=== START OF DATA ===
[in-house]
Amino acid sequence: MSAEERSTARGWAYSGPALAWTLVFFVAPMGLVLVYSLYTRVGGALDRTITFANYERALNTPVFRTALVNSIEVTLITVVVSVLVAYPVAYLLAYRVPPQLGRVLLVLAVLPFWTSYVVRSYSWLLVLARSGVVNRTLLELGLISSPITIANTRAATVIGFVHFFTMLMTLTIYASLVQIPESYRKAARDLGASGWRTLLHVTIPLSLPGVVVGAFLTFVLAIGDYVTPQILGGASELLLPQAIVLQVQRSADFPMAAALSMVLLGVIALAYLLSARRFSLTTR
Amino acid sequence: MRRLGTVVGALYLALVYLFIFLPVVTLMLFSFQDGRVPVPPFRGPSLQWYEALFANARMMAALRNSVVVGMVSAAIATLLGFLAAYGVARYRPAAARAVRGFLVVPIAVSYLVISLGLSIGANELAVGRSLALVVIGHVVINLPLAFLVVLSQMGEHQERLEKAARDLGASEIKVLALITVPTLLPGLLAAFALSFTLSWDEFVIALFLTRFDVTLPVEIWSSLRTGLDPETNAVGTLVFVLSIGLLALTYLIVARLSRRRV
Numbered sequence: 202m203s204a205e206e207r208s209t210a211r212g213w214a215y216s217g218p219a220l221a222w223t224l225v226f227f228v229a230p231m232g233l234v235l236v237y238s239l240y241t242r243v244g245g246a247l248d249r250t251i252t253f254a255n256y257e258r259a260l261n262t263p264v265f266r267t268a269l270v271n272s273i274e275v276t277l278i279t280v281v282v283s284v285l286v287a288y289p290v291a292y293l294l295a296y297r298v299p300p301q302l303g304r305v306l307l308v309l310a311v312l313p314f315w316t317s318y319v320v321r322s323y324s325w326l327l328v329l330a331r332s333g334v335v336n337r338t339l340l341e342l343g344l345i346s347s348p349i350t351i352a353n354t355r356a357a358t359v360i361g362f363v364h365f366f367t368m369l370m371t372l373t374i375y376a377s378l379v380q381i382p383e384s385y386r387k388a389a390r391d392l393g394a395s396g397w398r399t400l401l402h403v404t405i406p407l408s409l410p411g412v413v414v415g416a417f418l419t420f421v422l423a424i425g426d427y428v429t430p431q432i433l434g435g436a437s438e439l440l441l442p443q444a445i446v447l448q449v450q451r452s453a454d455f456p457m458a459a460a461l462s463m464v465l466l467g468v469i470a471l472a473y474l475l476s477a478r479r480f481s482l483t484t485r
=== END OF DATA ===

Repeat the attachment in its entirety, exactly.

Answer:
[in-house]
Amino acid sequence: MSAEERSTARGWAYSGPALAWTLVFFVAPMGLVLVYSLYTRVGGALDRTITFANYERALNTPVFRTALVNSIEVTLITVVVSVLVAYPVAYLLAYRVPPQLGRVLLVLAVLPFWTSYVVRSYSWLLVLARSGVVNRTLLELGLISSPITIANTRAATVIGFVHFFTMLMTLTIYASLVQIPESYRKAARDLGASGWRTLLHVTIPLSLPGVVVGAFLTFVLAIGDYVTPQILGGASELLLPQAIVLQVQRSADFPMAAALSMVLLGVIALAYLLSARRFSLTTR
Amino acid sequence: MRRLGTVVGALYLALVYLFIFLPVVTLMLFSFQDGRVPVPPFRGPSLQWYEALFANARMMAALRNSVVVGMVSAAIATLLGFLAAYGVARYRPAAARAVRGFLVVPIAVSYLVISLGLSIGANELAVGRSLALVVIGHVVINLPLAFLVVLSQMGEHQERLEKAARDLGASEIKVLALITVPTLLPGLLAAFALSFTLSWDEFVIALFLTRFDVTLPVEIWSSLRTGLDPETNAVGTLVFVLSIGLLALTYLIVARLSRRRV
Numbered sequence: 202m203s204a205e206e207r208s209t210a211r212g213w214a215y216s217g218p219a220l221a222w223t224l225v226f227f228v229a230p231m232g233l234v235l236v237y238s239l240y241t242r243v244g245g246a247l248d249r250t251i252t253f254a255n256y257e258r259a260l261n262t263p264v265f266r267t268a269l270v271n272s273i274e275v276t277l278i279t280v281v282v283s284v285l286v287a288y289p290v291a292y293l294l295a296y297r298v299p300p301q302l303g304r305v306l307l308v309l310a311v312l313p314f315w316t317s318y319v320v321r322s323y324s325w326l327l328v329l330a331r332s333g334v335v336n337r338t339l340l341e342l343g344l345i346s347s348p349i350t351i352a353n354t355r356a357a358t359v360i361g362f363v364h365f366f367t368m369l370m371t372l373t374i375y376a377s378l379v380q381i382p383e384s385y386r387k388a389a390r391d392l393g394a395s396g397w398r399t400l401l402h403v404t405i406p407l408s409l410p411g412v413v414v415g416a417f418l419t420f421v422l423a424i425g426d427y428v429t430p431q432i433l434g435g436a437s438e439l440l441l442p443q444a445i446v447l448q449v450q451r452s453a454d455f456p457m458a459a460a461l462s463m464v465l466l467g468v469i470a471l472a473y474l475l476s477a478r479r480f481s482l483t484t485r